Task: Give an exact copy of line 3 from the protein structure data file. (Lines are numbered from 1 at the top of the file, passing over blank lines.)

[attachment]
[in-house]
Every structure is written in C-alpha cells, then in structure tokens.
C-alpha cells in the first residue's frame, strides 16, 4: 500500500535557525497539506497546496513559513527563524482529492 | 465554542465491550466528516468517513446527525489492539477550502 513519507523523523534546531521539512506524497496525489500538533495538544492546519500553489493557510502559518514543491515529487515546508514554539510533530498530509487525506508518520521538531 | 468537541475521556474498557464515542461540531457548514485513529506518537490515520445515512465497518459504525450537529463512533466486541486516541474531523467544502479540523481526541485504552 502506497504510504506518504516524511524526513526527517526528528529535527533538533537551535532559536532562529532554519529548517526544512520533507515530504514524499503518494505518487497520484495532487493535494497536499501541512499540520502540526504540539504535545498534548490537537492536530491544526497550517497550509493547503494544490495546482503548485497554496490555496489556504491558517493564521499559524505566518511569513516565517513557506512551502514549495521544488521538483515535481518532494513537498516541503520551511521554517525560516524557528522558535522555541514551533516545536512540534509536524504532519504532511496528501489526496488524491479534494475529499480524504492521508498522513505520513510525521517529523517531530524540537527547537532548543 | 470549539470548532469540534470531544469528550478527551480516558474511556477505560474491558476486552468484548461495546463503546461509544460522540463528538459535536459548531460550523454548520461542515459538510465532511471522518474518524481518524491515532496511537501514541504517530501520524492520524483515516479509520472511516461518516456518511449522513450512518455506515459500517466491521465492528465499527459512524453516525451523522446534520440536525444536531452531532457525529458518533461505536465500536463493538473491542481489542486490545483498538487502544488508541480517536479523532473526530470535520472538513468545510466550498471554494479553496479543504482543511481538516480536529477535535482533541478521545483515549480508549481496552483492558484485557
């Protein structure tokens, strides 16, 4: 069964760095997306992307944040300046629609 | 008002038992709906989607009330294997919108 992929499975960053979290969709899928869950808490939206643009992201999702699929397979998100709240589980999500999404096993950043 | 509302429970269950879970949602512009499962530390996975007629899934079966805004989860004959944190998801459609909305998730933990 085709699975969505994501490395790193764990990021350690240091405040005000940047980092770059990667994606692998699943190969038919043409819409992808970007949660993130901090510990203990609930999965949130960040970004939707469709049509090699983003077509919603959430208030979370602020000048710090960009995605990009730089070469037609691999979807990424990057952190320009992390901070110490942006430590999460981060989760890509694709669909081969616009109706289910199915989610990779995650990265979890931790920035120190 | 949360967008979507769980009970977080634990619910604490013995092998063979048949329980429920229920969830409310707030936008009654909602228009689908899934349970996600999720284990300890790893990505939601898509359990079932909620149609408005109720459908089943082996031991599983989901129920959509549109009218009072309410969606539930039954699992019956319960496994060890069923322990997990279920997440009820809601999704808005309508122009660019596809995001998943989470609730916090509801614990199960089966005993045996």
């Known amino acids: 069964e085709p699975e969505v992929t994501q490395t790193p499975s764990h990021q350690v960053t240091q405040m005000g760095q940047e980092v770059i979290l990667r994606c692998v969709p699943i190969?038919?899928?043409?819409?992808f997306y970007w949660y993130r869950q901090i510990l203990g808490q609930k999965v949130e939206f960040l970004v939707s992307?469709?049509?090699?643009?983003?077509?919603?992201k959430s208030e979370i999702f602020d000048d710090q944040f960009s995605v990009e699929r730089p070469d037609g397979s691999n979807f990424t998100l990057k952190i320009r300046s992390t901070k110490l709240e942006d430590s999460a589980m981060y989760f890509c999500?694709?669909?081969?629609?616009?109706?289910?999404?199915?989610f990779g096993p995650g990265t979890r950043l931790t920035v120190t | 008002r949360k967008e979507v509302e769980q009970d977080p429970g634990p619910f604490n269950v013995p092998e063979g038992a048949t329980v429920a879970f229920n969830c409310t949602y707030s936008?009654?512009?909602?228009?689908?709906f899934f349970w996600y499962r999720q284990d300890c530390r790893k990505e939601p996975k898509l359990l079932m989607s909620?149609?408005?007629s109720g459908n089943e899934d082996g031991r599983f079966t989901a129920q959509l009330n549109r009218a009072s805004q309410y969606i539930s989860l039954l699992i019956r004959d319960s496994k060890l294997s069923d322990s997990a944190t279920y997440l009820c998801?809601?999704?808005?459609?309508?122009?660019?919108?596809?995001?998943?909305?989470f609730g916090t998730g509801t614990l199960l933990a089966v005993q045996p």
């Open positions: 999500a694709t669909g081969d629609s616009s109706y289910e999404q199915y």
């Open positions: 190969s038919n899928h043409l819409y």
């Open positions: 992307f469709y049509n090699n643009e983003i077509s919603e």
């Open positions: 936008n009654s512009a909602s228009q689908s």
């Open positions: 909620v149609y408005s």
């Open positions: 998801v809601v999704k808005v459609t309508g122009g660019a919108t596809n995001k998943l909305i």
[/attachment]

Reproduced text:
C-alpha cells in the first residue's frame, strides 16, 4: 500500500535557525497539506497546496513559513527563524482529492 | 465554542465491550466528516468517513446527525489492539477550502 513519507523523523534546531521539512506524497496525489500538533495538544492546519500553489493557510502559518514543491515529487515546508514554539510533530498530509487525506508518520521538531 | 468537541475521556474498557464515542461540531457548514485513529506518537490515520445515512465497518459504525450537529463512533466486541486516541474531523467544502479540523481526541485504552 502506497504510504506518504516524511524526513526527517526528528529535527533538533537551535532559536532562529532554519529548517526544512520533507515530504514524499503518494505518487497520484495532487493535494497536499501541512499540520502540526504540539504535545498534548490537537492536530491544526497550517497550509493547503494544490495546482503548485497554496490555496489556504491558517493564521499559524505566518511569513516565517513557506512551502514549495521544488521538483515535481518532494513537498516541503520551511521554517525560516524557528522558535522555541514551533516545536512540534509536524504532519504532511496528501489526496488524491479534494475529499480524504492521508498522513505520513510525521517529523517531530524540537527547537532548543 | 470549539470548532469540534470531544469528550478527551480516558474511556477505560474491558476486552468484548461495546463503546461509544460522540463528538459535536459548531460550523454548520461542515459538510465532511471522518474518524481518524491515532496511537501514541504517530501520524492520524483515516479509520472511516461518516456518511449522513450512518455506515459500517466491521465492528465499527459512524453516525451523522446534520440536525444536531452531532457525529458518533461505536465500536463493538473491542481489542486490545483498538487502544488508541480517536479523532473526530470535520472538513468545510466550498471554494479553496479543504482543511481538516480536529477535535482533541478521545483515549480508549481496552483492558484485557